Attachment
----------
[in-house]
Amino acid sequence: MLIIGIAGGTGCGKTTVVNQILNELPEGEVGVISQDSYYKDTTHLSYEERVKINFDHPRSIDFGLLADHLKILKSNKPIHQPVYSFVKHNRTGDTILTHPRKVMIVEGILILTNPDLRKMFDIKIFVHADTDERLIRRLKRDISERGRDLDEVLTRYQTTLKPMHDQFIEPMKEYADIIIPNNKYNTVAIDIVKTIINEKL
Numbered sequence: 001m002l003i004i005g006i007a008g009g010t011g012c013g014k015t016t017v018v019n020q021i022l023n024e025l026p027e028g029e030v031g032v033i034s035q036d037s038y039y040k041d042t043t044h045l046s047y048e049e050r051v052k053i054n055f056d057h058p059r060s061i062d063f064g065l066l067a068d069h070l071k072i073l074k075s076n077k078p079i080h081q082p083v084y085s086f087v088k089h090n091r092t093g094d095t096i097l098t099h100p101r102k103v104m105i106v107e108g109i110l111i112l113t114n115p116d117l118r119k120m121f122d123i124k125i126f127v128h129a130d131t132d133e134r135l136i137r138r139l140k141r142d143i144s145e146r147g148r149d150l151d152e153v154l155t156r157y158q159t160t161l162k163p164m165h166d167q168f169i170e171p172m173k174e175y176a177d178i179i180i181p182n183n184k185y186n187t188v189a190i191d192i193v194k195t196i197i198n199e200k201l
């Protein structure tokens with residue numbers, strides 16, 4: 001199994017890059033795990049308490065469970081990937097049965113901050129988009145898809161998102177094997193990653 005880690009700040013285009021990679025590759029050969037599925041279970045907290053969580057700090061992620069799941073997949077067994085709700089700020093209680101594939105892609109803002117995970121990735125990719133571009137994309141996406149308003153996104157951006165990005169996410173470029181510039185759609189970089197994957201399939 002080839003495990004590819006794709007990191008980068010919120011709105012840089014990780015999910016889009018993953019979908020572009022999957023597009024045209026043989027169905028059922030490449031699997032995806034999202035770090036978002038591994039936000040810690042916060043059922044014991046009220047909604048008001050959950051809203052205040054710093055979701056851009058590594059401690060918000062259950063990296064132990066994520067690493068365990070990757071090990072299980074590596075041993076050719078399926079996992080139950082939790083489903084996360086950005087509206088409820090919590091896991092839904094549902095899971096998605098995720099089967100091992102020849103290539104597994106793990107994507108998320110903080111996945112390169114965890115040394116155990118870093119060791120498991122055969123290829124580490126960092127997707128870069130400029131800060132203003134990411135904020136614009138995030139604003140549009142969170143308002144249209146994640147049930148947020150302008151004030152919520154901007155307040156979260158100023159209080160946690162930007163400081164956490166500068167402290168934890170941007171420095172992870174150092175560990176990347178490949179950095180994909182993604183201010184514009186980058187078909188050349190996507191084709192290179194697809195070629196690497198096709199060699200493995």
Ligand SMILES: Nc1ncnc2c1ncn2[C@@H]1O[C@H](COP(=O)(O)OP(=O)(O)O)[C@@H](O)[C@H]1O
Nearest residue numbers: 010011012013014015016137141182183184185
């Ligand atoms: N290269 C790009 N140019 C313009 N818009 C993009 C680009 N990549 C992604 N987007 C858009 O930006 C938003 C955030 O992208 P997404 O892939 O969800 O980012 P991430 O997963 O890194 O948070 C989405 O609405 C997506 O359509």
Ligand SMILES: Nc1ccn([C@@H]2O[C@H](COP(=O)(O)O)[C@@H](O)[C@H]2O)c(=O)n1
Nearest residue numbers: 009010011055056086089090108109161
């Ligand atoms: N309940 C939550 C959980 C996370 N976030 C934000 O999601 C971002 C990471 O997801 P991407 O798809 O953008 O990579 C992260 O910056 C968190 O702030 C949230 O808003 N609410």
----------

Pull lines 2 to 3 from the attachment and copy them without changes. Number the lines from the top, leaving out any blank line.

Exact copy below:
Amino acid sequence: MLIIGIAGGTGCGKTTVVNQILNELPEGEVGVISQDSYYKDTTHLSYEERVKINFDHPRSIDFGLLADHLKILKSNKPIHQPVYSFVKHNRTGDTILTHPRKVMIVEGILILTNPDLRKMFDIKIFVHADTDERLIRRLKRDISERGRDLDEVLTRYQTTLKPMHDQFIEPMKEYADIIIPNNKYNTVAIDIVKTIINEKL
Numbered sequence: 001m002l003i004i005g006i007a008g009g010t011g012c013g014k015t016t017v018v019n020q021i022l023n024e025l026p027e028g029e030v031g032v033i034s035q036d037s038y039y040k041d042t043t044h045l046s047y048e049e050r051v052k053i054n055f056d057h058p059r060s061i062d063f064g065l066l067a068d069h070l071k072i073l074k075s076n077k078p079i080h081q082p083v084y085s086f087v088k089h090n091r092t093g094d095t096i097l098t099h100p101r102k103v104m105i106v107e108g109i110l111i112l113t114n115p116d117l118r119k120m121f122d123i124k125i126f127v128h129a130d131t132d133e134r135l136i137r138r139l140k141r142d143i144s145e146r147g148r149d150l151d152e153v154l155t156r157y158q159t160t161l162k163p164m165h166d167q168f169i170e171p172m173k174e175y176a177d178i179i180i181p182n183n184k185y186n187t188v189a190i191d192i193v194k195t196i197i198n199e200k201l